In other words, even if you own an asset, if you are regarded as having a security interest in that asset and you have not perfected it, you can lose the asset on the insolvency of your counterparty and become just an unsecured creditor. This can be quite severe in its effects – for example, an operating lease or equipment supply arrangement where the supplier retains title could be regarded as a security interest. If so, if the customer is wound-up, the supplier could lose its title if unperfected even though little was owed on the equipment.
The PPSA establishes an electronic register. The electronic register is designed to provide a simple, quick and cheap process. The register is a 'red flag' register: that is, it draws attention to the security interest without giving too many details. While registration is generally simple, there will be some traps in deciding how to describe the collateral and the security interest, and also in deciding under which category to file the interest.
The details surrounding the registration process are still being developed, but it is likely that parties will be able to register their security interests online or by SMS. There will be a fee.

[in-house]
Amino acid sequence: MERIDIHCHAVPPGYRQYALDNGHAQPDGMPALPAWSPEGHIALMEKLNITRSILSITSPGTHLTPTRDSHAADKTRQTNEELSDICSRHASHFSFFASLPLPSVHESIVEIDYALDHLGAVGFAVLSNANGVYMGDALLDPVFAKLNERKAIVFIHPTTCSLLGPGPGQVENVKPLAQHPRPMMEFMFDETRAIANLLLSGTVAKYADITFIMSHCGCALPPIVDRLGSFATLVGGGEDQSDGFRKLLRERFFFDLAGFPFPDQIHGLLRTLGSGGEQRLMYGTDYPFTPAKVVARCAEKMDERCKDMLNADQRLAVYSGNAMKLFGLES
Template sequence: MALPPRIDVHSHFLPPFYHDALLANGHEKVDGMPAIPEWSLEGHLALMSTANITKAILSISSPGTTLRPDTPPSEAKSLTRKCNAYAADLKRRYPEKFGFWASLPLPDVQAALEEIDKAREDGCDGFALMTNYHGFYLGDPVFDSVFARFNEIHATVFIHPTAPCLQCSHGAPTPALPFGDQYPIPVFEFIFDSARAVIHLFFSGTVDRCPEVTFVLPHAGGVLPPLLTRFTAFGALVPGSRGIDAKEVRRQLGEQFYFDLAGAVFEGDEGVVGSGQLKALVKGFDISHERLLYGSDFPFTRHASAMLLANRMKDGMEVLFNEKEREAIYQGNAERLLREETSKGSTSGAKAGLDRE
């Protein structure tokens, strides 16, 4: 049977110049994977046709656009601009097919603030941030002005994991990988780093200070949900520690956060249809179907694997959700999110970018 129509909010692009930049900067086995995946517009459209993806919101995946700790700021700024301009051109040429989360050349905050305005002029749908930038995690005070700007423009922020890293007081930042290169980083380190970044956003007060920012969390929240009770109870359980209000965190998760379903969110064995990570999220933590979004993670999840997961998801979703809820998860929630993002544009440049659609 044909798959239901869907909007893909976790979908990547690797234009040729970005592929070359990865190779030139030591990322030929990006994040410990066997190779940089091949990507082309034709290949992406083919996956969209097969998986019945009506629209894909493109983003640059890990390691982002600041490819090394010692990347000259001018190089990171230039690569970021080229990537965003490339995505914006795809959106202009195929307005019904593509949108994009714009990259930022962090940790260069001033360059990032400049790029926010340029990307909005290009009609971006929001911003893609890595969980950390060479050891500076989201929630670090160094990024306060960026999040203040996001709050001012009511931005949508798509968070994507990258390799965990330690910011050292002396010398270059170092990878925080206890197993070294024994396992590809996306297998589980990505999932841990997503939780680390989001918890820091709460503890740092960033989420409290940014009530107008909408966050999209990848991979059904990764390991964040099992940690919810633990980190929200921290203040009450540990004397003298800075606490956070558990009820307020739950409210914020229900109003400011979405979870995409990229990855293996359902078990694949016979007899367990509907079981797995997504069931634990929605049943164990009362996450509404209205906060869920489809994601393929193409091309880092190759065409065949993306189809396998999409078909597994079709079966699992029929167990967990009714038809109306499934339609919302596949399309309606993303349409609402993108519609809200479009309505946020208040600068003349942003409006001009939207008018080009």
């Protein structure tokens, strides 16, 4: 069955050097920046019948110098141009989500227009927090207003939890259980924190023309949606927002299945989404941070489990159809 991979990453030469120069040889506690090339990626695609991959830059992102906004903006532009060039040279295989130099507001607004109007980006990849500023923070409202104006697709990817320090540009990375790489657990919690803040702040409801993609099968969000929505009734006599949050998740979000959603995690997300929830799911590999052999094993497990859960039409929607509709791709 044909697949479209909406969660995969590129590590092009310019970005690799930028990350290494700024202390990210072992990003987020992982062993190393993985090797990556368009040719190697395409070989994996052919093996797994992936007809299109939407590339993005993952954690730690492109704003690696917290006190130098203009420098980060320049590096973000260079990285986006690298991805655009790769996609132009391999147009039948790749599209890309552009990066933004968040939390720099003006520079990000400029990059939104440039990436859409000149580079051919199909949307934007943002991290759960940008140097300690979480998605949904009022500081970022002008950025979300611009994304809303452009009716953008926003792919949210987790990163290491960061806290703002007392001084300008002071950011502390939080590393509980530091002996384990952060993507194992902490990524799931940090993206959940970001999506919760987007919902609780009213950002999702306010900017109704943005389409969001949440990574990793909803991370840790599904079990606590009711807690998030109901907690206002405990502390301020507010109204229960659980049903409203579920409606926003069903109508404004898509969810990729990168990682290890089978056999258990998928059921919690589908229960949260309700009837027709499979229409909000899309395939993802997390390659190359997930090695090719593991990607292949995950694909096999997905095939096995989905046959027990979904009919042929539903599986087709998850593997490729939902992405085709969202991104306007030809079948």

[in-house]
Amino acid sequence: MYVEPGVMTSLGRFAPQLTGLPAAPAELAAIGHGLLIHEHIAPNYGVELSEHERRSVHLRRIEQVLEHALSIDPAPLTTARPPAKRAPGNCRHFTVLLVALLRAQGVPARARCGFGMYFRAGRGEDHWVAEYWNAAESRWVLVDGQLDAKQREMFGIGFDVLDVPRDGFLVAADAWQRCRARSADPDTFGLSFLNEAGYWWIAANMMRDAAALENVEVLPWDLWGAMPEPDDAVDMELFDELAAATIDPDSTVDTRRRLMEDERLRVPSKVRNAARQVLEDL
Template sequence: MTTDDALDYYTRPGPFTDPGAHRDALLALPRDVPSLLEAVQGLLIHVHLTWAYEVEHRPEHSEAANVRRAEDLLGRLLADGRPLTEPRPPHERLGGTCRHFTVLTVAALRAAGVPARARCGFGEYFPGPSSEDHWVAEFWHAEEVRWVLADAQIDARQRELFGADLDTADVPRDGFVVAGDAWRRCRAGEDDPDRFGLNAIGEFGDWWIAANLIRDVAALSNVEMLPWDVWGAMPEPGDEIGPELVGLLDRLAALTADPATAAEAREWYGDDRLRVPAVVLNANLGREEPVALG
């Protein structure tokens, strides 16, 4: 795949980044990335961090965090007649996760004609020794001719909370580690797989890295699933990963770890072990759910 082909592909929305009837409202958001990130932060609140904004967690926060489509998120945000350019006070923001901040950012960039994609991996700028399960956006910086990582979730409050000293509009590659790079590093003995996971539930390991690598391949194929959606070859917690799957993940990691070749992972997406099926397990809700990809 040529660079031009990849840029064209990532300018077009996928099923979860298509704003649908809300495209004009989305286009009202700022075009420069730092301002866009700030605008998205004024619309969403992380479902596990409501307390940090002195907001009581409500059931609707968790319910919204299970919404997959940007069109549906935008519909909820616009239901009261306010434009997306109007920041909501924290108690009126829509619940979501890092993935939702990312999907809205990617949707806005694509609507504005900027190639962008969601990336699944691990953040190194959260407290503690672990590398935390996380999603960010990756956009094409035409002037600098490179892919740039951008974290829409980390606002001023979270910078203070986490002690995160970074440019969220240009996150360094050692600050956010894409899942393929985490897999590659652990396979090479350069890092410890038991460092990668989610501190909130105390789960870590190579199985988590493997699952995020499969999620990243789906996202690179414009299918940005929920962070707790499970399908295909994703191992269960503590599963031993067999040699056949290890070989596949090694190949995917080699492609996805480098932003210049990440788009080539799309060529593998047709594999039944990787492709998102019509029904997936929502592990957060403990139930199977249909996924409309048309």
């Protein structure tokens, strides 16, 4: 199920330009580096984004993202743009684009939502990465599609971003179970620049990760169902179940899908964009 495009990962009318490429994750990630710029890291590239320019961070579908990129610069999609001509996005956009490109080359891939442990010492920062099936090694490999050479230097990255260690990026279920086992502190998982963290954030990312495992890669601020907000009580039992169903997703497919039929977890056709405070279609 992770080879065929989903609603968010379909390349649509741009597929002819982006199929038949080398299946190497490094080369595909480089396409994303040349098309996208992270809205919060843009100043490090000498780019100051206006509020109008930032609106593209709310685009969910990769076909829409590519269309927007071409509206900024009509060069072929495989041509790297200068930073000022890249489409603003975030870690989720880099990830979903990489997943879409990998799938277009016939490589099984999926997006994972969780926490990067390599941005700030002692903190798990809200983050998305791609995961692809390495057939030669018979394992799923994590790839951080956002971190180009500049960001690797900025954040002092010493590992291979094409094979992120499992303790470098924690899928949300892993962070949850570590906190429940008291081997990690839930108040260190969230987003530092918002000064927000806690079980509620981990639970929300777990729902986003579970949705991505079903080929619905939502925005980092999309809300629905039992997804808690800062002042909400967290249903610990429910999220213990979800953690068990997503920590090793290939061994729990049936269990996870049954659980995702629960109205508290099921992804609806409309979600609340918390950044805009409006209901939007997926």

Because so many arrangements are security interests, hundreds or even thousands of security interests may need to be registered against any particular company, and so there will be a lot of 'noise' on the register.
Security interests currently registered in some registers, such as the charges register maintained by the Australian Securities & Investments Commission under the Corporations Act 2001 (Cth), will be automatically migrated across. However, there may be problems about the quality of data and secured parties may want to re-register to give more details to gain better protection.
There will be no automatic migration from IP registers like trade mark, designs and patents.
The PPSA establishes a complete set of rules for determining priority between security interests, and also determining under what circumstances a purchaser of collateral will take the collateral free of the security interests in it. These replace the old principles-based approach of the common law and equity.